Step 1: Investigate the company.
- How big is it? What products does it have, and is it the market leader in this field?
- What’s the business model (sources of revenue) of the company?
- What’s the cost structure of the company? What are the principle cost charges?
- Is it in charge of their own pricing strategies or is it reacting to suppliers, the market and competitors?
Step 2: Investigate the product.
- How does it compare to that of the competition?
- Are there substitutions or alternatives?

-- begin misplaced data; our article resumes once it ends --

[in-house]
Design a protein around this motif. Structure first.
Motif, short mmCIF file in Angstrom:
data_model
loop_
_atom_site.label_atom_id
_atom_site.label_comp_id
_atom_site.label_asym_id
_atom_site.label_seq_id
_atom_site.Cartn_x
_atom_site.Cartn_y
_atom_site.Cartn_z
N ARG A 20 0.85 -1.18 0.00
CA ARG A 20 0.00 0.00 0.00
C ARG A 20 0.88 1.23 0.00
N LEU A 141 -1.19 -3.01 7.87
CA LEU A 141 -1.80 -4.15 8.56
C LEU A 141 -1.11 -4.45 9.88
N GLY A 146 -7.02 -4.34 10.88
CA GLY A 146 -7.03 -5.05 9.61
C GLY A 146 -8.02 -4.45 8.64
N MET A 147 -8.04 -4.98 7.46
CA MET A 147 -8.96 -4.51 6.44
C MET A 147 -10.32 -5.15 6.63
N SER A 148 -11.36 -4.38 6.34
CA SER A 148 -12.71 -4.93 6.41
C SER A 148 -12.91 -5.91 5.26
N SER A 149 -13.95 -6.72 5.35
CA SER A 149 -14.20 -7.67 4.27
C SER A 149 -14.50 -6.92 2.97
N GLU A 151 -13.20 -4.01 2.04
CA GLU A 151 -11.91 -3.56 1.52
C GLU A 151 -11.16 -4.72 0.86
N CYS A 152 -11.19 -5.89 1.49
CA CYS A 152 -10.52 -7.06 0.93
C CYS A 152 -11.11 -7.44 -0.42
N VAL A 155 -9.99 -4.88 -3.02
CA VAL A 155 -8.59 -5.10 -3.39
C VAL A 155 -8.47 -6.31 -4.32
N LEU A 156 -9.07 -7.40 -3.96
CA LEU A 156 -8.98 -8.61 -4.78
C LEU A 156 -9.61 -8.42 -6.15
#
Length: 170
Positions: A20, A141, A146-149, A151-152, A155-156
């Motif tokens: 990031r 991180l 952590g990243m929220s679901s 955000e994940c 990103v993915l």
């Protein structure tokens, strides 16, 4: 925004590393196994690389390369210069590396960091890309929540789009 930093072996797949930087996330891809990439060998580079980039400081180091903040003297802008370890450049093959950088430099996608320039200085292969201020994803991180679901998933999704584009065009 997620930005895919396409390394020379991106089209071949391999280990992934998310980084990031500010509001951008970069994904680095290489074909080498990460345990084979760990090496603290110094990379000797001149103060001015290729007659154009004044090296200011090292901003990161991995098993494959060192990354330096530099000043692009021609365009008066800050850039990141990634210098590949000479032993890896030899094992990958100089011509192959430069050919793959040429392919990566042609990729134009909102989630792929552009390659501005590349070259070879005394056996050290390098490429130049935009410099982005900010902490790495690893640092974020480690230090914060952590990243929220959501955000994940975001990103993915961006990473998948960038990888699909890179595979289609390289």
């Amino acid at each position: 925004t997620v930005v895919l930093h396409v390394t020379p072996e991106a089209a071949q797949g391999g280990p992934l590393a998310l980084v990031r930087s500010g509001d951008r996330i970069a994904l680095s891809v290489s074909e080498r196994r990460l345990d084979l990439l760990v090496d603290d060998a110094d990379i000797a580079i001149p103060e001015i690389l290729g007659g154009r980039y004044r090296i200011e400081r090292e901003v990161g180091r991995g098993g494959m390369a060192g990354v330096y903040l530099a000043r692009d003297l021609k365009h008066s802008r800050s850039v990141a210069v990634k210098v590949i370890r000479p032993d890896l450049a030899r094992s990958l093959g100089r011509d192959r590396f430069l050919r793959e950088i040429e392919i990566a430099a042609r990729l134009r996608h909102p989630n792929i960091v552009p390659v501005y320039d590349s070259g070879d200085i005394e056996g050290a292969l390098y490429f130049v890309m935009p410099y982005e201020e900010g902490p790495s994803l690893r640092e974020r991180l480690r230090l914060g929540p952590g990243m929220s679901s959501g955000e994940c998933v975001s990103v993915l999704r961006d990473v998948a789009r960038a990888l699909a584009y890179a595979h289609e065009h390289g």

- Where is the product in its growth cycle?
- Is there a supply-and-demand issue at work?
Step 3: Determine a pricing strategy.
Three main pricing strategies to think about:
- Competitive analysis
- Are there similar products out there?
- How do our products compare to the competition?
- Do we know the competitor’s costs?
- How are they priced?
- Are there substitutions available?
- Is there a supply-and-demand issue?
- What will the competitive response be?
- Cost-based pricing
- Break-even point
- Price-based costing
- What are people willing to pay for this product?
Source: Case in Point, Marc P. Consentino